As I write this I am sitting in a beautiful hotel lobby in Mexico waiting for a group I am escorting to come check out and head home. My best friend of 40 years is arriving later today and we will spend three days together catching up and relaxing.
At home we are having what I hope is the last freeze of the season. I have many seedlings under lights as well as my 5 hens out on the pasture. I have two bee hives enduring the winter and I have a batch of kombucha fermenting in the pantry. Now, I love my family dearly and they lovingly tolerate what many would consider my strange hobbies. They don’t have the same enthusiasm for them that I do. I don’t generally ask them for help when I go out of town except in very limited circumstances.
So what happens when I go out of town? My husband and I have owned Legacy Travel since 1989 so we travel more than the average person. A couple of weeks from now we are on a cruise, later this year we are in Italy, another time this year we go to Africa for a safari. We are both elite travelers with our hometown airline. We travel ALOT.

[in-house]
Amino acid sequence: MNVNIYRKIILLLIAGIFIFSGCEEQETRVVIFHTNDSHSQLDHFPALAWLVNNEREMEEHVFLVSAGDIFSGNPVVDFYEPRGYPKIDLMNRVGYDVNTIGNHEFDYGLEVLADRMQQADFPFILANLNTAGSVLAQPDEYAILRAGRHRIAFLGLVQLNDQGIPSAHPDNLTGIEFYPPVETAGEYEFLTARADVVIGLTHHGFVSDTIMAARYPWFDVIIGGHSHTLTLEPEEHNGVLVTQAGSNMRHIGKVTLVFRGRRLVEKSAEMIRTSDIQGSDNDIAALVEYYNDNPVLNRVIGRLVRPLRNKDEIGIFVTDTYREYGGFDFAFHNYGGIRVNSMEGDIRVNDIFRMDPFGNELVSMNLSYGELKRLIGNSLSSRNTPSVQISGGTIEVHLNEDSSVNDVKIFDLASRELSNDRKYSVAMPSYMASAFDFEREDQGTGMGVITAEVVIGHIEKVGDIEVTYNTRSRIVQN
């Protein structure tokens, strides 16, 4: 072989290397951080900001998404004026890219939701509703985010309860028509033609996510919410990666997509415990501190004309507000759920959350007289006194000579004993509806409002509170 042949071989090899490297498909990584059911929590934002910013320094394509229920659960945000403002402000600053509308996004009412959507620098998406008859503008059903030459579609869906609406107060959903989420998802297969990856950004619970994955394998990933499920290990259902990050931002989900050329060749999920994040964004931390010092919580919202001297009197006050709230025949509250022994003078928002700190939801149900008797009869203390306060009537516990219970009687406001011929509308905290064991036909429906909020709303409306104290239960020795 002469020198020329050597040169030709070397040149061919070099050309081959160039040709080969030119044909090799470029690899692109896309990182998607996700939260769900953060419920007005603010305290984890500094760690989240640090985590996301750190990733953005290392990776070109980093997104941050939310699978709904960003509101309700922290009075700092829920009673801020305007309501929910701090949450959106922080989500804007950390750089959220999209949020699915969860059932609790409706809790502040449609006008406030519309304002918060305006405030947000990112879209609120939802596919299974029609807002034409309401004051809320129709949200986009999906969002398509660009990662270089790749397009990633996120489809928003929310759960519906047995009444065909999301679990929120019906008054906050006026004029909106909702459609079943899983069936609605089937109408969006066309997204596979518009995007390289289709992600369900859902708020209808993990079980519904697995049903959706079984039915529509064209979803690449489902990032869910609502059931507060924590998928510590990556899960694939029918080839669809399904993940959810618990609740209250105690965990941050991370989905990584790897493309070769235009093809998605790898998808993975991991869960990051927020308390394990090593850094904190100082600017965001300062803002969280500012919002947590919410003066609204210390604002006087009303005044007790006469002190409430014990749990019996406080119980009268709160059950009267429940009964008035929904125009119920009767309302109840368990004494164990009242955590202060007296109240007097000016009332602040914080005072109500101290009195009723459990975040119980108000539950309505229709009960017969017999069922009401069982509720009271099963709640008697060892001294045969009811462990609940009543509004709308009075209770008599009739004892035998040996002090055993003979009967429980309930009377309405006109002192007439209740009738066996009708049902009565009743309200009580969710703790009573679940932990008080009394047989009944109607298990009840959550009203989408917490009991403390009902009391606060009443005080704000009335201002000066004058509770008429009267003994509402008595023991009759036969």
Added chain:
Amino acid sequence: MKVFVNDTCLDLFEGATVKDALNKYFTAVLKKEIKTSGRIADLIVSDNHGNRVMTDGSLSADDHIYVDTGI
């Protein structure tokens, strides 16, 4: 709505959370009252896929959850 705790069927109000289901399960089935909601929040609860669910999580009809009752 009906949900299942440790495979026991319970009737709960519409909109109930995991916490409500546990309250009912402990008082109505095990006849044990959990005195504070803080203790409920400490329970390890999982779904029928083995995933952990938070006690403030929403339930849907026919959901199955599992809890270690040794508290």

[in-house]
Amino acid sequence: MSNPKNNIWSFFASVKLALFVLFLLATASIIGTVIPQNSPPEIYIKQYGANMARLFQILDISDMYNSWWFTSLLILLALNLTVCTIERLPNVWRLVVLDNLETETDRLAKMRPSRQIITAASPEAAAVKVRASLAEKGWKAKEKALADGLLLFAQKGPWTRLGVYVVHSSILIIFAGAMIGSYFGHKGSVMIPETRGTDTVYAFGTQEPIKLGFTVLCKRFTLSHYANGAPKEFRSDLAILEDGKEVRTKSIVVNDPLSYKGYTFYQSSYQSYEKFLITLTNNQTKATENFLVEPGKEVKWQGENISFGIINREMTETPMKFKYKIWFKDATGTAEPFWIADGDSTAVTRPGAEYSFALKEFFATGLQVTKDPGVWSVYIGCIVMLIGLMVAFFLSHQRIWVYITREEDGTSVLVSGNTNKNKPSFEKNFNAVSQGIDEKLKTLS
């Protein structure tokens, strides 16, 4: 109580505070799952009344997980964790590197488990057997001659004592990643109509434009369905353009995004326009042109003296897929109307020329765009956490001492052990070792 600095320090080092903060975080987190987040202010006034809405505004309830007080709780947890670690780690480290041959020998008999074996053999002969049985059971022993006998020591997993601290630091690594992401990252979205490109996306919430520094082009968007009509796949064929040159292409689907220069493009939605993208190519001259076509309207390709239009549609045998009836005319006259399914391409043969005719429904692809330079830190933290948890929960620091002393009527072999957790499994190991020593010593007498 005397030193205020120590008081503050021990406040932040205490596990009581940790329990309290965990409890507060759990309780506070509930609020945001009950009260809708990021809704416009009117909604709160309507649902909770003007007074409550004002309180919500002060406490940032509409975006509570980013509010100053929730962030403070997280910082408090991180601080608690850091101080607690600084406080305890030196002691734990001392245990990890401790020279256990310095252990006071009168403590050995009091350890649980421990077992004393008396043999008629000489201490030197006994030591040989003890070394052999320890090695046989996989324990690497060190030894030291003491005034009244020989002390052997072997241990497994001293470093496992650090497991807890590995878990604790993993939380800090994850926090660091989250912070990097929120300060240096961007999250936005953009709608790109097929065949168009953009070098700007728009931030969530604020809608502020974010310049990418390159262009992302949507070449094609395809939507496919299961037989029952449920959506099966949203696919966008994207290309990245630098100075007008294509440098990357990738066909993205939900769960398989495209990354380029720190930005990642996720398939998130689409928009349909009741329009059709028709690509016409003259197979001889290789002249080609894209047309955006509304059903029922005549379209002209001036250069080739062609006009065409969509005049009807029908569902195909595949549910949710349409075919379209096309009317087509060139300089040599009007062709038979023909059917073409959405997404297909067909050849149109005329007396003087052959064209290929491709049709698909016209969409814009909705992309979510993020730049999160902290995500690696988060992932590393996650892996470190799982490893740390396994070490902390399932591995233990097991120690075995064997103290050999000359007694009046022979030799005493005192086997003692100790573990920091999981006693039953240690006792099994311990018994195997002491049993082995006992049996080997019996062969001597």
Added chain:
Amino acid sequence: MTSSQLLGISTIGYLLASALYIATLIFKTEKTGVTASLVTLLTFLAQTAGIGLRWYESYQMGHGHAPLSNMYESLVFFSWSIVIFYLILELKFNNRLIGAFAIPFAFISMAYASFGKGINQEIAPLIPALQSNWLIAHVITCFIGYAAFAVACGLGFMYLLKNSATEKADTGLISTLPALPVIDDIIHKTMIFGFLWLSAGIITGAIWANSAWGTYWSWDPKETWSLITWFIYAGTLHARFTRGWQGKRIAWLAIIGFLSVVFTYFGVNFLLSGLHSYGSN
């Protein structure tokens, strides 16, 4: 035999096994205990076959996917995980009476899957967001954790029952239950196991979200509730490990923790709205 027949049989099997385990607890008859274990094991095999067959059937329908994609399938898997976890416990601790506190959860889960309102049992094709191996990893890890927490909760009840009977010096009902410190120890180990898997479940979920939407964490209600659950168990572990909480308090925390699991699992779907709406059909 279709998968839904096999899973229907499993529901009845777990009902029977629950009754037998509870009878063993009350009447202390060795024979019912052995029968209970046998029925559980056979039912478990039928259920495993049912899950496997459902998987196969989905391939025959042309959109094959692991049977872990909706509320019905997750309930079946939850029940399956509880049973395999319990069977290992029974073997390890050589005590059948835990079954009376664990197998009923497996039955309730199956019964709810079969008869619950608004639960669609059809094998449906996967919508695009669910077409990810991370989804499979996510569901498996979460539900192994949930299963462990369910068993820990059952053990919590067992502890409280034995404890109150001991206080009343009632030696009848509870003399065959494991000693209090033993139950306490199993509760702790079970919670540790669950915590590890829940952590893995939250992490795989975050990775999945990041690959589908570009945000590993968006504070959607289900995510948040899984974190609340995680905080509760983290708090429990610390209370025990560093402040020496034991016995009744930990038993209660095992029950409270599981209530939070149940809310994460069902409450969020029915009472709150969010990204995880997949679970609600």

So what happens with the bees, the chickens, the seedlings, the kombucha SCOBY and the garden when I travel?
You’ve heard the saying “It takes a village to raise a child”? Well, it also takes a village to keep my operation running. I have managed to knit together the help required to keep things humming while I’m out of town. Of course, I also try to plan when I plant and start seeds around when I’ll be home, but that isn’t always possible.
Here’s my team at the moment:
I have a friend who loves to take care of my chickens when I’m out of town. This requires driving out to the pasture twice per day every day as well as worrying about them when they manage to escape their fencing. If I’m gone for more than a few days, I have a young lady who is a local FFA officer who I pay to take care of them.
Then for my seedlings, If I’m just gone a night or two, my husband will water my seedlings. For longer trips, I have hired a middle school girl who lives right across the street from me. I gave her a garage door opener so she could get in and water the seedlings. I showed her what to do and put signs on each tray to remind her of the requirements of each one.
As the season continues, I suspect that I can show her how to harvest things, check to see if something needs additional watering, etc.
All of this to say, “where there’s a will, there’s a way”. Perhaps you have a more willing interested family than I do. If you look around, I’m betting there are solutions. Like everything gardening related, if you take the attitude “I know there is a solution here…what is it?” the solution will eventually become known. Gardening is pretty much a series of solving one problem after another. This is just another one waiting for your ingenuity!